What to expect in our MHPDeepDive:
- Over the next few years, logistics companies will have to switch their fleets to electric trucks. The commercial vehicle charging that will then be required creates challenges of its own – with regard both to the availability of charging infrastructure along the routes (feasibility) and the consideration of charging times (cost-effectiveness).
- These challenges can only be met if all stakeholders involved work together within a single ecosystem. In addition to the logistics companies and their customers, these stakeholders are primarily OEMs and manufacturers of charging infrastructure, charge point operators (CPOs) and energy suppliers.
- We will show you how to successfully establish an electrification ecosystem and how much all stakeholders can benefit from it – illustrated by a project at the Port of Hamburg.
In order to contribute to reducing greenhouse gas emissions, logistics companies in Germany will have to push ahead with the electrification of their fleets over the coming years and switch to electric trucks. That in itself is an enormous task. In addition, the charging of the electrified heavy commercial vehicles that will then be required presents considerable challenges: Charging infrastructure must be available along the routes (feasibility), time-consuming charging times must be taken into account (cost-effectiveness).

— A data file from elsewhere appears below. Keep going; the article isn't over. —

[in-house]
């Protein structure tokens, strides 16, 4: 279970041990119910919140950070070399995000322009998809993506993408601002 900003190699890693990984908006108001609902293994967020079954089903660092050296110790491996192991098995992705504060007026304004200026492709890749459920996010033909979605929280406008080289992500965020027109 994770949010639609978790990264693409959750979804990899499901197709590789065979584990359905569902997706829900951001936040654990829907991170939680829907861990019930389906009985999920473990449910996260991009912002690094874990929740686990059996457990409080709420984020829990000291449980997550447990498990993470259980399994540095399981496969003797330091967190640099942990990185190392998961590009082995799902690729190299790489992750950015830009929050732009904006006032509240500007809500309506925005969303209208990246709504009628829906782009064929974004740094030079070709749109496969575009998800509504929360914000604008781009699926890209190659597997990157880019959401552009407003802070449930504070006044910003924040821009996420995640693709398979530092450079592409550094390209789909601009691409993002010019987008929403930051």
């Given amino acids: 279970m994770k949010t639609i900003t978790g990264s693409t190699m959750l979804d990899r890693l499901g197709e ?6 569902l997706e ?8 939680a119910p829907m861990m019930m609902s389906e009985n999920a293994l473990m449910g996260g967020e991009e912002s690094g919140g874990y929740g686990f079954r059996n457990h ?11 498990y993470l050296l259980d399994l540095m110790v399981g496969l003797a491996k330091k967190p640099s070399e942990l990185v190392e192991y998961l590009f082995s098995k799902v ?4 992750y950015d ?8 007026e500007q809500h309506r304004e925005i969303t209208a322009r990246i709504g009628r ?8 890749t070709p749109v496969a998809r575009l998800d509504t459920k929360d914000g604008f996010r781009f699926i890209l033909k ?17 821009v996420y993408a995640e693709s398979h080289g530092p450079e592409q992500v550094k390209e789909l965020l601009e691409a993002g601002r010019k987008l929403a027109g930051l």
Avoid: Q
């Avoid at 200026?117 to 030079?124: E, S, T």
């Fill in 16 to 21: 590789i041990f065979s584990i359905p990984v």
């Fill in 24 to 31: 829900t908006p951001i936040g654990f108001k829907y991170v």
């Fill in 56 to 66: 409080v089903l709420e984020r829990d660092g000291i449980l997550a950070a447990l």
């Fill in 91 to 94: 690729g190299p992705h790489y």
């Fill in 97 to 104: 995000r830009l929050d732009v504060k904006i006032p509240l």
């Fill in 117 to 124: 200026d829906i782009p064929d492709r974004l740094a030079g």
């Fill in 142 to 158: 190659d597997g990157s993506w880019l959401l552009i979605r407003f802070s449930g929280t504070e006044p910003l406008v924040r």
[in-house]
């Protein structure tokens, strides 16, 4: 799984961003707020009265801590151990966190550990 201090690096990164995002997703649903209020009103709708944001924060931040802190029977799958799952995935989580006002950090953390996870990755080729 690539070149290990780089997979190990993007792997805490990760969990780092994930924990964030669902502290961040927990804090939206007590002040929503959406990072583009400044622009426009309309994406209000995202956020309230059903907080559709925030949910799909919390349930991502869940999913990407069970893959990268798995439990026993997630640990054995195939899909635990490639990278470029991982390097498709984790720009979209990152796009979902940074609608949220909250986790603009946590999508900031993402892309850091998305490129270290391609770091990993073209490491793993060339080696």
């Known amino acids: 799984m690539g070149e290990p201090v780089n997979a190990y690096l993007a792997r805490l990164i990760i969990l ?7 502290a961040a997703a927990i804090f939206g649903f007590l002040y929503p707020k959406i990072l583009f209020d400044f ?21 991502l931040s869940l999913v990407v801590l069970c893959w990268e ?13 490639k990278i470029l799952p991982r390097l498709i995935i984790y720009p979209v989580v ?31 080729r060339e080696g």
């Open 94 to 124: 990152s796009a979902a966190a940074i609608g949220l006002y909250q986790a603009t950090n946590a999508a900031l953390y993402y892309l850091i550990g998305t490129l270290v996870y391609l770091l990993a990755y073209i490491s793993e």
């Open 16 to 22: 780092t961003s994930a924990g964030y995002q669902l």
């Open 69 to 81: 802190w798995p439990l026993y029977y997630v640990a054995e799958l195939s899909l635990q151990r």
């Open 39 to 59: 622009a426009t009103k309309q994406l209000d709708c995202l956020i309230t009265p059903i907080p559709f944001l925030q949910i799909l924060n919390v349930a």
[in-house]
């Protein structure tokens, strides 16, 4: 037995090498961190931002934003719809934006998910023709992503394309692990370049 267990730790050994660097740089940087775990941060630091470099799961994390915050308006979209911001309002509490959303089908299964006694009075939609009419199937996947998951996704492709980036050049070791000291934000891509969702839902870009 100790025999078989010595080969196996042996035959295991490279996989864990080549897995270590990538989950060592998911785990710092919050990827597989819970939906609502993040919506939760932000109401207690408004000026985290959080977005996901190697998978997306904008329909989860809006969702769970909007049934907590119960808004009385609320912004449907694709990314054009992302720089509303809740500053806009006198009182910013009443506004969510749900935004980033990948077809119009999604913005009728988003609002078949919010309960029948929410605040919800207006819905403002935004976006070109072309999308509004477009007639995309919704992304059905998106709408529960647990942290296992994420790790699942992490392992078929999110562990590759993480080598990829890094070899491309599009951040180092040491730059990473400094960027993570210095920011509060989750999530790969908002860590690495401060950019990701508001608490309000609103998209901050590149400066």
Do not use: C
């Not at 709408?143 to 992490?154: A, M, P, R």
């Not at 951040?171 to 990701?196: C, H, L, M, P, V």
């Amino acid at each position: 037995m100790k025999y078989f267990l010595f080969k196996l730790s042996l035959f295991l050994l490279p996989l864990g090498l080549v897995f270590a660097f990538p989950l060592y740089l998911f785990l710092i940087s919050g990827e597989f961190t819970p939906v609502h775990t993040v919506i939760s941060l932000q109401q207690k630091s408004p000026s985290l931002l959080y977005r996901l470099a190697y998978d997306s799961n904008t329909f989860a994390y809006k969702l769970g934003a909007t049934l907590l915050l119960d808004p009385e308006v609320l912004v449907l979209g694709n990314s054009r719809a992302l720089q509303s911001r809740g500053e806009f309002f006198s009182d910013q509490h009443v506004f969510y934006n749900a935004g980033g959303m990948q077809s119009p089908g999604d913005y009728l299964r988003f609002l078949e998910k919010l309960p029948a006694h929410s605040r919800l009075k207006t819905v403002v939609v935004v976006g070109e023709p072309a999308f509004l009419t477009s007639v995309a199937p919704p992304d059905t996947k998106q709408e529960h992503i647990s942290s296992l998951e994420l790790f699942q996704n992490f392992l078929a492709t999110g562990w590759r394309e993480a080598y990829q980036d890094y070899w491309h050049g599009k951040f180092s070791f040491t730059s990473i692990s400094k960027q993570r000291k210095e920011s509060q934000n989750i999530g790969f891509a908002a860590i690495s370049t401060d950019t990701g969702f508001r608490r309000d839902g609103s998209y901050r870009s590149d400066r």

This challenge can only be overcome if, in addition to the logistics companies, OEMs and manufacturers of charging infrastructure, charge point operators (CPOs) and energy suppliers are involved. As actors within a common ecosystem, their task goes beyond promoting the construction of a truck-compatible charging infrastructure and ensuring sufficient network capacity. They must also carry out a thorough analysis of the total cost of ownership (TCO), the re-organization of logistics processes and the integration of new tools into existing IT landscapes.
In our MHPDeepDive “Electrifying commercial vehicles – success factors and challenges facing companies and industry,” we present ways to help this complex project succeed. To this end, we will discuss the challenges from the point of view of the individual actors and discuss different components that could form a possible solution. In addition, the outline of a pilot project in the Port of Hamburg and the initial results of a study carried out by us will be directly relevant to practice.
- Florian Windeler, Senior Manager, Mobility Transformation, MHP
- Inga Prikker, Manager, Mobility Transformation, MHP
- Professor Dr. Jan Ninnemann, Professor für Logistik an der Hamburg School of Business Administration (HSBA) und Geschäftsführer von HTC
- Benedikt Krinninger, Head of Product & Solution Management, Mer Germany GmbH